Descender, Monstress, ODY-C all gave me chills over how incredible they turned out to be. I did not have much hope that ODY-C was going to be good, since it is not the highest rated on Goodreads, but Matt Fraction was writing, and he has done some of my favoruite comics, so I needed to give it a try. I am so glad I did, since this is a marvellous re-telling of different important myths, in an intersectional way. Women are fighting in a world where men are no longer “existing” due to Zeus’ wrath, a thousand murders have occurred to men and women, until someone might finally end the bloodshed like Shahrazard once did, and hopefully many more, will one day intertwined to form one of the best things to ever happen in comics. Descender was the perfect mix between science fiction and water colours. It is sort of a version of Battlestar Galactica and the whole “creations rebelled” and “humans destroyed”. Masterful! Monstress is a complete opposite of those two. Instead we follow a more historical world, where humans live in fear of magical creatures. The fear might just be too unfounded, as it keeps witches in power by feeding off of the creatures. The art is striking, and is accompanied by intrigue and a past we all year to learn more of.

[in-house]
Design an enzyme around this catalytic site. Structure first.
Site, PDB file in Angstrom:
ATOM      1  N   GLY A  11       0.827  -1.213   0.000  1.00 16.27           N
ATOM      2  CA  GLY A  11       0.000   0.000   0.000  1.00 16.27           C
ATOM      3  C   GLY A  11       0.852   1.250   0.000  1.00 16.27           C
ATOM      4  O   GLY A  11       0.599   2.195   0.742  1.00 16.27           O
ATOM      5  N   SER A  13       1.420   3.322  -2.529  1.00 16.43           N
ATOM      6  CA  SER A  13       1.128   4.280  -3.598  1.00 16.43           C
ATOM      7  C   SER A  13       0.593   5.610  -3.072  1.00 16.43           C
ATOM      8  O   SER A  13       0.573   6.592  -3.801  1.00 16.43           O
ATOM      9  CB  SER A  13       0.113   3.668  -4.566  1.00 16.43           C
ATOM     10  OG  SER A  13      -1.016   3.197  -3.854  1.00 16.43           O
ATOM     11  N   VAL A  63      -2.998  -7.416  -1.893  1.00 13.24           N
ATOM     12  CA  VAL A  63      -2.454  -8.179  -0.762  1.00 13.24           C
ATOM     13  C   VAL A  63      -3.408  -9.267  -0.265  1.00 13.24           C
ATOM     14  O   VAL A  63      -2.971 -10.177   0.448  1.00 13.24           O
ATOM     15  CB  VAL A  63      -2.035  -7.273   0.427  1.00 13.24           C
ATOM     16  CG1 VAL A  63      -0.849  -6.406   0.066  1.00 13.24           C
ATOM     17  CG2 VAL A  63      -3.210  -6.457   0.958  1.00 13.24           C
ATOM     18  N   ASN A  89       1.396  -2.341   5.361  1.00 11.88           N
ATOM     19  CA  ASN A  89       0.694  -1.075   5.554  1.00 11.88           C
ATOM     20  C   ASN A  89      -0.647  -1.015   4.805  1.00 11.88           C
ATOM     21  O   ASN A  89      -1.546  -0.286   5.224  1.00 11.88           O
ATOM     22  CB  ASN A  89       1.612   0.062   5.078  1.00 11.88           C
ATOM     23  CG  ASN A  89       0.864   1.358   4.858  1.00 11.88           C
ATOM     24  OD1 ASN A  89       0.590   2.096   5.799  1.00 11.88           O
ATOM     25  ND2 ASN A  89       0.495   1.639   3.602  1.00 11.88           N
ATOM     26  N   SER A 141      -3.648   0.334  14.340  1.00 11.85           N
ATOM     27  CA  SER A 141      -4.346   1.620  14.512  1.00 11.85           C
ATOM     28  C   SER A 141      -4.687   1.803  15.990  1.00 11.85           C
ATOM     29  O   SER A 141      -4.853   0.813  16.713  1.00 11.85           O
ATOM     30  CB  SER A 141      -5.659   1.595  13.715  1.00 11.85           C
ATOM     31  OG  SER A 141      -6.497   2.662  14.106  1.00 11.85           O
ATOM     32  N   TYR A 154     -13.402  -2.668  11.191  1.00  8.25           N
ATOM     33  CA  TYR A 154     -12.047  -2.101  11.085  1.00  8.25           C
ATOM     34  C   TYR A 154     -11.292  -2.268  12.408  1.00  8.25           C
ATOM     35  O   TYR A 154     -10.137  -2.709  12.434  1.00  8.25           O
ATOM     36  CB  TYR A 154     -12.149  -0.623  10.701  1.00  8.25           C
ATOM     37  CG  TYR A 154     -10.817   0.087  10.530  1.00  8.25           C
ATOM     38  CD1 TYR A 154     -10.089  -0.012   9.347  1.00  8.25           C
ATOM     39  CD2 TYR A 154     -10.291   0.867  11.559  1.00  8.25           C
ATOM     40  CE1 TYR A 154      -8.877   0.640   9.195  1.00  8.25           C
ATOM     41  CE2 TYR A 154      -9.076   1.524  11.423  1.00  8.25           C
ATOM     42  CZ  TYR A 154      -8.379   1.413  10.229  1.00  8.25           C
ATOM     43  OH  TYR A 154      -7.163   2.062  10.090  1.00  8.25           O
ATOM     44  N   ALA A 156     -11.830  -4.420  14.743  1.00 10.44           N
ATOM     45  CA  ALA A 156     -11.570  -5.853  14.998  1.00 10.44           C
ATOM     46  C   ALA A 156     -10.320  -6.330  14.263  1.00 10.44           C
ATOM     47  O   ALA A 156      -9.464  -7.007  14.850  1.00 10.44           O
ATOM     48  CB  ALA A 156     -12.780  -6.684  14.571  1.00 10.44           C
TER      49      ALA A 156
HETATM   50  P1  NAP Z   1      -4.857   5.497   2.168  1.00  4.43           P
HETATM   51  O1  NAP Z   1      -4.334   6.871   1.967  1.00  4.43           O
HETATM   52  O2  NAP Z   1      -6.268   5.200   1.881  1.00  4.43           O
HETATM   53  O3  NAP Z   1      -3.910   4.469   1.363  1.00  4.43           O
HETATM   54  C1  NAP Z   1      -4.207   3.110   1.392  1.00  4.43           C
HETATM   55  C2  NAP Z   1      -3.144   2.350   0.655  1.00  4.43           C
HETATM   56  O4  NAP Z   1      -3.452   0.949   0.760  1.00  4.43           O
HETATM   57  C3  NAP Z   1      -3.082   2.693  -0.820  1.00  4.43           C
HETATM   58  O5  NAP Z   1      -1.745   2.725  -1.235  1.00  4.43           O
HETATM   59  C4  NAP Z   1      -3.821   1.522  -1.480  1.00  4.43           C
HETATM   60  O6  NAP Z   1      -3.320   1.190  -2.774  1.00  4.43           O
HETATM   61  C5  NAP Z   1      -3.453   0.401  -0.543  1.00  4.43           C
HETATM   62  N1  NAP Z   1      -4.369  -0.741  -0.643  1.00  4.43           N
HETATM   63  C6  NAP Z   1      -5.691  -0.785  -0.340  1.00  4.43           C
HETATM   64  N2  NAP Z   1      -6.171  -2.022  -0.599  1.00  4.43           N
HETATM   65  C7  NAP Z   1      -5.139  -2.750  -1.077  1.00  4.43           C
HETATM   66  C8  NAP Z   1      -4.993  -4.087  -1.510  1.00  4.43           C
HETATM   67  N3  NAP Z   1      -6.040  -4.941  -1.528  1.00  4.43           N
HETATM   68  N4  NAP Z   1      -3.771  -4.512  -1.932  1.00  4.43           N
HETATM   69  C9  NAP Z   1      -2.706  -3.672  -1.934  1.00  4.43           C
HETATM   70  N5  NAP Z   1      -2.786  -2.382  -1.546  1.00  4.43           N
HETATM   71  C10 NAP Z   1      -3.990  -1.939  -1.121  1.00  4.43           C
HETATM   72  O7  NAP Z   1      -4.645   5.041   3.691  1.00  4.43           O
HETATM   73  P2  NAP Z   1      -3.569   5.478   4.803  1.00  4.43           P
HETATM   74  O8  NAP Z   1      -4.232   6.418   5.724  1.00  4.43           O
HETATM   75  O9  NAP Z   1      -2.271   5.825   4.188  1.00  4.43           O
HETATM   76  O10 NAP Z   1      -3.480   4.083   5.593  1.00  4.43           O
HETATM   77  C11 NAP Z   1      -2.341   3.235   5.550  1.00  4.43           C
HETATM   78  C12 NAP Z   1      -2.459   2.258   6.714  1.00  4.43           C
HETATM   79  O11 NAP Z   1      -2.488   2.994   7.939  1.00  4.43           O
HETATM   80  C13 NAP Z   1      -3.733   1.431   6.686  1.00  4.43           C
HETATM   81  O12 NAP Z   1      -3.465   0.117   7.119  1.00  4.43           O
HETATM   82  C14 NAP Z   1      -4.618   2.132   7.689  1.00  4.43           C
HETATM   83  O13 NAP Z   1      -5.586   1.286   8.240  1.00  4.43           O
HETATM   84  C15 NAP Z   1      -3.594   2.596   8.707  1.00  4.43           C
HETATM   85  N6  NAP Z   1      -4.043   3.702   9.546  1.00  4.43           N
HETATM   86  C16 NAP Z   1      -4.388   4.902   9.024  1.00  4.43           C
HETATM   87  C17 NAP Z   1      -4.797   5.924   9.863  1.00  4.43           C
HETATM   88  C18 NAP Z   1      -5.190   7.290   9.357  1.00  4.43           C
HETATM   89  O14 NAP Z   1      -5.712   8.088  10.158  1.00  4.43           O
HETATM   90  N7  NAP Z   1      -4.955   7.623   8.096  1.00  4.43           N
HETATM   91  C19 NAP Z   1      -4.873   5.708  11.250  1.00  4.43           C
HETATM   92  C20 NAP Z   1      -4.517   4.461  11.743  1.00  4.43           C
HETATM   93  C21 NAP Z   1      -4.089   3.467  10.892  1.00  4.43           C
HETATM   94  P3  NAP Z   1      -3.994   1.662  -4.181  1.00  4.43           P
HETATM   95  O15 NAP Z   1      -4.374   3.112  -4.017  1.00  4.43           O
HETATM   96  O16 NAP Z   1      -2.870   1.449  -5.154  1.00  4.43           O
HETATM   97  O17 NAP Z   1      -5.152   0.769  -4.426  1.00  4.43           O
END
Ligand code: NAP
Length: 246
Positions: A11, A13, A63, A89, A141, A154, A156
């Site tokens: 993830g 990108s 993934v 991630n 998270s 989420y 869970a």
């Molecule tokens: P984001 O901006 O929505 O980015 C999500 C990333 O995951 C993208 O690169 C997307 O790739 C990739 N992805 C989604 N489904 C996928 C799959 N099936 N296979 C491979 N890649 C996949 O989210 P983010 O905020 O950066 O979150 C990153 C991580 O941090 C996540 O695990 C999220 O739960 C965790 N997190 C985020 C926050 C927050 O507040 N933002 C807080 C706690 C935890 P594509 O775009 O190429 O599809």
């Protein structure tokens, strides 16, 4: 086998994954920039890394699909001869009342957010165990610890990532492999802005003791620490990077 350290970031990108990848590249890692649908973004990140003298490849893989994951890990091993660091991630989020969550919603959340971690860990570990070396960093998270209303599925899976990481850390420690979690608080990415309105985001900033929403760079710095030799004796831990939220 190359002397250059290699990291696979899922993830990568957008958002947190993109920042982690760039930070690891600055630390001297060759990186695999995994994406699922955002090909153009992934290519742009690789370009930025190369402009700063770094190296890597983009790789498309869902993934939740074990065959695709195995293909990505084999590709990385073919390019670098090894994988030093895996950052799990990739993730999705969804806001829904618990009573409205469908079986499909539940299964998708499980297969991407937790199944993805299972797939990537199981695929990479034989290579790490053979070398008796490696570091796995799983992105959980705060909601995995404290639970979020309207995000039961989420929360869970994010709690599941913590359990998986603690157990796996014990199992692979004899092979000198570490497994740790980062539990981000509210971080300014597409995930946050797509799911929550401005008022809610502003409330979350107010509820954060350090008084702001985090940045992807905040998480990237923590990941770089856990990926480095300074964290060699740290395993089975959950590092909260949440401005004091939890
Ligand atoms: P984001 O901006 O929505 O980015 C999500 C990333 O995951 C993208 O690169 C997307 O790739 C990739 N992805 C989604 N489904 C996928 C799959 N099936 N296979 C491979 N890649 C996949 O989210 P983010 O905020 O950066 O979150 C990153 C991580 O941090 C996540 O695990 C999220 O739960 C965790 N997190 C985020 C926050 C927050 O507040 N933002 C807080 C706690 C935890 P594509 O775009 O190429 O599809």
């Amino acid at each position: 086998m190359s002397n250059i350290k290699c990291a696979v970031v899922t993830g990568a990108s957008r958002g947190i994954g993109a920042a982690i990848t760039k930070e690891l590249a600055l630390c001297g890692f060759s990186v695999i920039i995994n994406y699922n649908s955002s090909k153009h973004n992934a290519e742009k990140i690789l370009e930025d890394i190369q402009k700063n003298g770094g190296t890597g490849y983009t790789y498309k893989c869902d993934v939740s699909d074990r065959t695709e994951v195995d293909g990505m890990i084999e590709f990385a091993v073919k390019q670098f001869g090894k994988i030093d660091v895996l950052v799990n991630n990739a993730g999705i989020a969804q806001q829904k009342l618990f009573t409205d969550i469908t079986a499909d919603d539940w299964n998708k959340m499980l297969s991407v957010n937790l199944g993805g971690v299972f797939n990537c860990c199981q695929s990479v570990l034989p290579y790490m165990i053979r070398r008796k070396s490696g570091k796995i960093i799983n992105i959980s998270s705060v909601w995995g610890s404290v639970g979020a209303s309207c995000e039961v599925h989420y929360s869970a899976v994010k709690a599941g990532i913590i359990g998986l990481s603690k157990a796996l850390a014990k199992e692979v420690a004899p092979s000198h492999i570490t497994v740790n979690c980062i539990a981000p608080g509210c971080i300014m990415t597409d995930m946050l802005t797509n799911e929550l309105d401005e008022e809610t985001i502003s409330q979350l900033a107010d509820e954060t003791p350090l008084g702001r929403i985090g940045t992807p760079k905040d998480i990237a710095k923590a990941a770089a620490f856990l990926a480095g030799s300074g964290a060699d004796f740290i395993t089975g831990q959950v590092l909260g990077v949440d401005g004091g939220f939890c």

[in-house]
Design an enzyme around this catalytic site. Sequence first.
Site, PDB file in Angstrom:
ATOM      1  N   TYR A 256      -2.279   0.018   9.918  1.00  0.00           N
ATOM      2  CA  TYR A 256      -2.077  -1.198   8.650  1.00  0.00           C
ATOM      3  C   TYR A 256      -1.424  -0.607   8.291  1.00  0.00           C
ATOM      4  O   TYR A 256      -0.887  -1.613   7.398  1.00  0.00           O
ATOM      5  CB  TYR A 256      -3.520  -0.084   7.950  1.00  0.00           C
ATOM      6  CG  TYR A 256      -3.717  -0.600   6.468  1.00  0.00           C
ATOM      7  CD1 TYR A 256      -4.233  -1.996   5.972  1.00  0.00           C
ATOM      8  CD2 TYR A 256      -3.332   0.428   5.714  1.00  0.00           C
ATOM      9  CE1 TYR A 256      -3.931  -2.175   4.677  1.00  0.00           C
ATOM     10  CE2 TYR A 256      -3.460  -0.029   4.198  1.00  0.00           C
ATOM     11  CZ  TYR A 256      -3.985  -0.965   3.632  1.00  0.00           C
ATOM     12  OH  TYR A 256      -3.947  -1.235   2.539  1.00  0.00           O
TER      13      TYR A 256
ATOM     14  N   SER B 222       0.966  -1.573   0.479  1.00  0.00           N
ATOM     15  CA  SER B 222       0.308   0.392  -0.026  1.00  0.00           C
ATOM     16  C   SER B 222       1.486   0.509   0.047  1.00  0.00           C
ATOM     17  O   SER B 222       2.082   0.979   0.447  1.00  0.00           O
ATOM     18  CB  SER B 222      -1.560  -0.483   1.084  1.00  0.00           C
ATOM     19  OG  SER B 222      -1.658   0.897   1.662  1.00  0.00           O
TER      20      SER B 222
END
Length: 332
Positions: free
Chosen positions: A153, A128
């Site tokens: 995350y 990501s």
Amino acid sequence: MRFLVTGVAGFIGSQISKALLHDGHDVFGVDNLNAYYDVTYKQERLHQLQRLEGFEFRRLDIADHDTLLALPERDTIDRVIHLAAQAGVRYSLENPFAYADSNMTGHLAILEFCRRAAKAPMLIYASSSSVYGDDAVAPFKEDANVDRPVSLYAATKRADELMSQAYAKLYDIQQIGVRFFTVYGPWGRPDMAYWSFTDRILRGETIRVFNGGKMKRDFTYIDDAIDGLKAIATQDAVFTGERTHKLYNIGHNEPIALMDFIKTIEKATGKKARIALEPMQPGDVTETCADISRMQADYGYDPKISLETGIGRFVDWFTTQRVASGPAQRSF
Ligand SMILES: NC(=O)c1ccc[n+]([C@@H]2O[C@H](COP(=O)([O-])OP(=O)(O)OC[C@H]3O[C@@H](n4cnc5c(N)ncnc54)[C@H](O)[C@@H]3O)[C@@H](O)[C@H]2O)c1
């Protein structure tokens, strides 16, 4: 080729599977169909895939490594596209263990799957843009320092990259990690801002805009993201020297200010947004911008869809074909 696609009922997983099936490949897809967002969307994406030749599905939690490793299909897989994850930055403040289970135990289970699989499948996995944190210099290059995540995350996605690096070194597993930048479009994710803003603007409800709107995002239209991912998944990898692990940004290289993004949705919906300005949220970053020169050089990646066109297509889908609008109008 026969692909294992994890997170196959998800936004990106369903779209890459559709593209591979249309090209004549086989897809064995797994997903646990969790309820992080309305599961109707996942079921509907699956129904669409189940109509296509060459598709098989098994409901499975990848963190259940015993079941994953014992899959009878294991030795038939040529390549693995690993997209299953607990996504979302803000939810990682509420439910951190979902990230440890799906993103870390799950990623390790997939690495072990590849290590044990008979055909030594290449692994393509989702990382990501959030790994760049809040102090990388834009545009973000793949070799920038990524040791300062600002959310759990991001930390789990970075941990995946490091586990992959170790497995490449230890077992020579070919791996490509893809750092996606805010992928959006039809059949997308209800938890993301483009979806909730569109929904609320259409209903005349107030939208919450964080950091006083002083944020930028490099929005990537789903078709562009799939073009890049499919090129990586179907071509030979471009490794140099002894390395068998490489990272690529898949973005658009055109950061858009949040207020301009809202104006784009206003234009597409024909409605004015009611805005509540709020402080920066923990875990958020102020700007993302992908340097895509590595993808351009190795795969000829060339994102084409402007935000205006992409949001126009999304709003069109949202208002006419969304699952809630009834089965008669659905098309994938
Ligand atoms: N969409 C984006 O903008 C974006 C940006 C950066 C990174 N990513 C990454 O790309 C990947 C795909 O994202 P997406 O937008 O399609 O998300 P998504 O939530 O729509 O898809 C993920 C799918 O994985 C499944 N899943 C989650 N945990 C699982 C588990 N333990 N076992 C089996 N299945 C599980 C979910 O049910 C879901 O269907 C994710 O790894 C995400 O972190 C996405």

The Wicked + The Divine 1831 and Plutona surprised me. Wicked+ Divine has not been a favourite series, it started alright and then had a fantastic run, which went downhill again, and is now sort of building itself up. This single issue is the best thing to come out of the entire run. It is set in the past, follows a couple of the characters we sort of know, but has a completely different art style, luckily, it does sort of reveal, very minimally, some of the mystery we have been waiting four volumes for. Plutona is another great work by Jeff Lemire, so I have no idea why I was surprised it was good. It follows some kids who discover the body of a superhero in the forest, and all goes downhill from there. It did however not end as strong as it could’ve, but it left enough open space for it to be able to have a continuation rather than being a simple miniseries.
As a bonus, here are other incredible comics from smaller publishers that are fantastic as well:
Mighty Morphin Power Rangers: The best PR has ever been, even better than the original series.
The Nameless City: an exploration of colonialism in an interesting way.
Lost Dogs: A short story that will leave you crying.
The Underwater Welder: the story of a man remembering his past while tryong to overcome the present.
Giant Days: A hilarious tale of college students in Britain.
Top 10: Alan Moore, so I say no Moore.
Rachel Rising The story of murdered women, witchcraft, the devil, a serial killer child, and much more.